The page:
Tuesday, 18 December 2007

Is "neoliberalism" a real ideology?

A ‘neo’ is someone who pretends to be something, someone who is at the same time inside and outside of something; it is an elusive hybrid, a straw man set up without ever identifying a specific value, idea, regime, or doctrine. To say ‘neoliberal’ is the same as saying ‘semiliberal’, or ‘pseudoliberal’. It is pure nonsense. Either one is an favor of liberty or against it, but one cannot be semi-in-favor or pseudo-in-favor of liberty, just as one cannot be ‘semipregnat’, ‘semiliving’ or ‘semidead’. The term has not been invented to express a conceptual reality, but rather as a corrosive weapon of derision, it has been designed to semantically devalue the doctrine of liberalism.

Mario Vargas Llosa, “Liberalism in the New Millennium,” in I. Vasquez, ed. Global Fortune: The Stumble and Rise of World Capitalism, Cato Institute Washington DC, 2000, p16.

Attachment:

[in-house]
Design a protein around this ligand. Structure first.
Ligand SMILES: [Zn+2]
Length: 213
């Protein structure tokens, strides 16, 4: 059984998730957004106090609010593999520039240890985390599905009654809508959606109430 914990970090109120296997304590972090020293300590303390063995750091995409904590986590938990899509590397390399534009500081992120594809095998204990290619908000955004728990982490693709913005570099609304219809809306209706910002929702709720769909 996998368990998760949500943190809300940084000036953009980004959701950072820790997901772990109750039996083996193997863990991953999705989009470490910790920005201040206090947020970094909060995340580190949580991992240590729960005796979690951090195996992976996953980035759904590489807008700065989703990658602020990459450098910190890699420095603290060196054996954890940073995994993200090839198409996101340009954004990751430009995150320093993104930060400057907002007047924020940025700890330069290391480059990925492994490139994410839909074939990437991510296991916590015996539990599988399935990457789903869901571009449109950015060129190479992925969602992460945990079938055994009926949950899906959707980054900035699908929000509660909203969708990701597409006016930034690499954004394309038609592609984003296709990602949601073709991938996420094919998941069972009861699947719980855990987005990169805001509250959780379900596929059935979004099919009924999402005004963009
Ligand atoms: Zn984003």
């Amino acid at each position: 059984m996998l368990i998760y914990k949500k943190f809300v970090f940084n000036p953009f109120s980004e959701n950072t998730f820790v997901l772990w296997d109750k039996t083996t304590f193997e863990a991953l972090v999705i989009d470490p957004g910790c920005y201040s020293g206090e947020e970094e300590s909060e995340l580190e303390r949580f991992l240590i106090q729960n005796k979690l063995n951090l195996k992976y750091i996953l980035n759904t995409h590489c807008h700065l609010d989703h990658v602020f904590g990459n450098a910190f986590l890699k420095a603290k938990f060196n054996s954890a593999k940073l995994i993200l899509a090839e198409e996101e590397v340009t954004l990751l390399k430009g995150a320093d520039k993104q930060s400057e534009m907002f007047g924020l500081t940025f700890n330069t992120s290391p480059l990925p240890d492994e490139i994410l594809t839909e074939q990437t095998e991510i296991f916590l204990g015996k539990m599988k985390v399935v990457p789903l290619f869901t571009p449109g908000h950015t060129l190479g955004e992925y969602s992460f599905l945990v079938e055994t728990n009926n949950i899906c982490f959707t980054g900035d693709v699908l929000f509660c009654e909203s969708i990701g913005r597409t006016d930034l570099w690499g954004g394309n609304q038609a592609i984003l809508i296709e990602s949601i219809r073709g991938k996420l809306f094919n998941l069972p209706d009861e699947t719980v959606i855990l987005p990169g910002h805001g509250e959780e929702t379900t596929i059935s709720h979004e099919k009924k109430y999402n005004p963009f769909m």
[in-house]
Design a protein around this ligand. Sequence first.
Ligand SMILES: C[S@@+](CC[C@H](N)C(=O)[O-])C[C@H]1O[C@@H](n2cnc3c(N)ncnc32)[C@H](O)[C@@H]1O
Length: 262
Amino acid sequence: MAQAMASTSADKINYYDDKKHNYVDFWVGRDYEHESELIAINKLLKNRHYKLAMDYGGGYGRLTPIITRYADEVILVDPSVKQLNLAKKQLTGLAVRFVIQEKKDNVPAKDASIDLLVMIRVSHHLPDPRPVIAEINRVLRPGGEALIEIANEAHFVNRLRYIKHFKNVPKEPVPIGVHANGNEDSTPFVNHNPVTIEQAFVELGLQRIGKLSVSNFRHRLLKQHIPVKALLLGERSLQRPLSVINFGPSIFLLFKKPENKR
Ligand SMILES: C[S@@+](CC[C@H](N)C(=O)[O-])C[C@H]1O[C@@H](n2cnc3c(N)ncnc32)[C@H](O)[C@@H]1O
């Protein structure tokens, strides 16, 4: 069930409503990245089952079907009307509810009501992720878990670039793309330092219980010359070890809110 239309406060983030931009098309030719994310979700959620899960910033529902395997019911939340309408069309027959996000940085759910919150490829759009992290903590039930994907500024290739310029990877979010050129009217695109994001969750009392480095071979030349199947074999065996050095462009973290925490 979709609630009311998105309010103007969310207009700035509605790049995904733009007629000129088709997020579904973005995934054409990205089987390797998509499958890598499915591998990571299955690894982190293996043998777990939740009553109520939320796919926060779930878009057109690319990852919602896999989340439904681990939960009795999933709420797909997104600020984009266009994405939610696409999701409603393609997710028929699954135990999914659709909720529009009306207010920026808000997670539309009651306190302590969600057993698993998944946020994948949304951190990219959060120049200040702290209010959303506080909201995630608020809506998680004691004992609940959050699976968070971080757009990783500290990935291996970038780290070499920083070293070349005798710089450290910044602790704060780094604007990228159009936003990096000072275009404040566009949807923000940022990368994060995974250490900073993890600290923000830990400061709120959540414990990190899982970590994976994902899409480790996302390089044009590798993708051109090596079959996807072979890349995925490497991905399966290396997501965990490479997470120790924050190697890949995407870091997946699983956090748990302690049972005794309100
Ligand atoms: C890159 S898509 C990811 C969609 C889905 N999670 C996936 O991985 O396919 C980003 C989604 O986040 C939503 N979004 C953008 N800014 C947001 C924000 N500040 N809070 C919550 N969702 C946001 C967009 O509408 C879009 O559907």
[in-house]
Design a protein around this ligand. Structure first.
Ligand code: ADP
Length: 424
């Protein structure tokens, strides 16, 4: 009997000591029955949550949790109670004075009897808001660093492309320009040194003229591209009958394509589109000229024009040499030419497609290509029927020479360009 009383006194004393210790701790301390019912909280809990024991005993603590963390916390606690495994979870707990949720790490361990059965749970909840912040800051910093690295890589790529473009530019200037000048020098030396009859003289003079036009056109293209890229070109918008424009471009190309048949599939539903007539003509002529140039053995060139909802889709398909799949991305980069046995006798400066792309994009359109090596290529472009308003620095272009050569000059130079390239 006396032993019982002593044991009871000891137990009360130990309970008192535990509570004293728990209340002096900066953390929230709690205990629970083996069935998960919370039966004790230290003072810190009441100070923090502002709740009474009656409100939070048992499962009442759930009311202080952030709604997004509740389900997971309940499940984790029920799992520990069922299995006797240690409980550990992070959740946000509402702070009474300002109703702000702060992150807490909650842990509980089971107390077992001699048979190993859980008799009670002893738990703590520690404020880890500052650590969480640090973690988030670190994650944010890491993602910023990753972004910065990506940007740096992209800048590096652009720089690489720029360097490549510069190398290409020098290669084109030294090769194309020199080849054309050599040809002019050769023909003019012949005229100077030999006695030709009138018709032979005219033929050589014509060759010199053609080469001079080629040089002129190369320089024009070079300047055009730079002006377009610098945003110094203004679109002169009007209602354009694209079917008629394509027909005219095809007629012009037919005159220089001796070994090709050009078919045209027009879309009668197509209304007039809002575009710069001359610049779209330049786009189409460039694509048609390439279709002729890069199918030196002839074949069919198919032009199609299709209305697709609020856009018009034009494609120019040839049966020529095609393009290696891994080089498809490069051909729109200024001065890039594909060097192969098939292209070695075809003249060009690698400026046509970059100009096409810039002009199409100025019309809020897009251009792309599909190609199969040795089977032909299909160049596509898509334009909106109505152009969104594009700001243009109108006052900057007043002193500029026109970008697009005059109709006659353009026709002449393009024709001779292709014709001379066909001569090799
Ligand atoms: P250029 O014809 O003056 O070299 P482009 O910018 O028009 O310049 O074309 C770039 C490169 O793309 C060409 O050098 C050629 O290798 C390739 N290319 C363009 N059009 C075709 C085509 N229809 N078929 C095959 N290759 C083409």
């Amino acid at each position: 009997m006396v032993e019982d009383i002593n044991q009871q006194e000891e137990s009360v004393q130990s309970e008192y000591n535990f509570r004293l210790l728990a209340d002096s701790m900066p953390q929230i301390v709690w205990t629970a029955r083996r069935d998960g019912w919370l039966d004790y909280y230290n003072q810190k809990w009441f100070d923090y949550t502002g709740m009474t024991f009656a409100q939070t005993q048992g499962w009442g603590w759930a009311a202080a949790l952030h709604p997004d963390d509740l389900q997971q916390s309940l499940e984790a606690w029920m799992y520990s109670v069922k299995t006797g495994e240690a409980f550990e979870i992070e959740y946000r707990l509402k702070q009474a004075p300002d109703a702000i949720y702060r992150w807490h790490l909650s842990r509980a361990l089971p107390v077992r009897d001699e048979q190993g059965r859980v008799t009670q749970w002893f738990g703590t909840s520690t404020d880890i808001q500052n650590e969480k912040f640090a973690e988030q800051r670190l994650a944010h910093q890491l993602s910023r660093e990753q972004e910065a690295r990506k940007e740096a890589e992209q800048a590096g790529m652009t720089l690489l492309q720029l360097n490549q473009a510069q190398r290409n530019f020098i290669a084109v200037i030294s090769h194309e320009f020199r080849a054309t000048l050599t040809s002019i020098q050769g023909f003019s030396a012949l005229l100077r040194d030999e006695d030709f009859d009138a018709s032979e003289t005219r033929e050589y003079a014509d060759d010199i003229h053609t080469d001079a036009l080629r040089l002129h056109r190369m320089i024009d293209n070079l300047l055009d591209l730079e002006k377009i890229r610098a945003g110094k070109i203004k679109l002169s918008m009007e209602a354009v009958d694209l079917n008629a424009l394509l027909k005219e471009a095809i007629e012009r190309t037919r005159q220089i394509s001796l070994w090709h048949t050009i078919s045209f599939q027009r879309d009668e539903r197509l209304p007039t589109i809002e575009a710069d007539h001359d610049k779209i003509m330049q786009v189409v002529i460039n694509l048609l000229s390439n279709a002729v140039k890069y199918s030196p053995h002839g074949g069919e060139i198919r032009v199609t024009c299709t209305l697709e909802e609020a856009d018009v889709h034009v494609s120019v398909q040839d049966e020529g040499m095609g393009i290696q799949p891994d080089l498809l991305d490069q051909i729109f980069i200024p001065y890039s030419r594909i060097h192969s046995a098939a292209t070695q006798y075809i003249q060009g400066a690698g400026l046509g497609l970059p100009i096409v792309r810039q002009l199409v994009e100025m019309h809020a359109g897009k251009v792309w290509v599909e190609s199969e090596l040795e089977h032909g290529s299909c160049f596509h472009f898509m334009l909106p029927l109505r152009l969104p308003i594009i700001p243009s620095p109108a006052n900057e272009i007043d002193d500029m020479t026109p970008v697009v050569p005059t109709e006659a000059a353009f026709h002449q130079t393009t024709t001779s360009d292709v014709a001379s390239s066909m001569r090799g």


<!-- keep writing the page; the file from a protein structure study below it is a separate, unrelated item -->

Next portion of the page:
Mark Wadsworth said...

I've got an even better ideology. It's called 'pragmatism', i.e. no ideology whatsoever - just do what works and don't do what doesn't (however much you'd perhaps like it to work).

In practice, it comes pretty close to libertarianism, but without the waffle and with a citizen's income scheme.

dreamingspire said...

Tom, can't find an email address on your blog, so here's a comment. Having just read on Jonathan Calder's Liberal England blog the quote from Andy Mayer "Tom Papworth highlighted that, while that's right, the point is how you get those good schools and hospitals", are you writing somewhere about that? Its the first time that I have heard it talked about in the political arena for a long time, and, with so many things wrong with the way that the civil service goes about public service management and strategy, we need the topic brought forward.

Tom Papworth said...

I don't usually do requests, but in your case, Dreamingspire, I shall make an exception :o)

I will post an article about how choice will improve public services for everybody early this evening.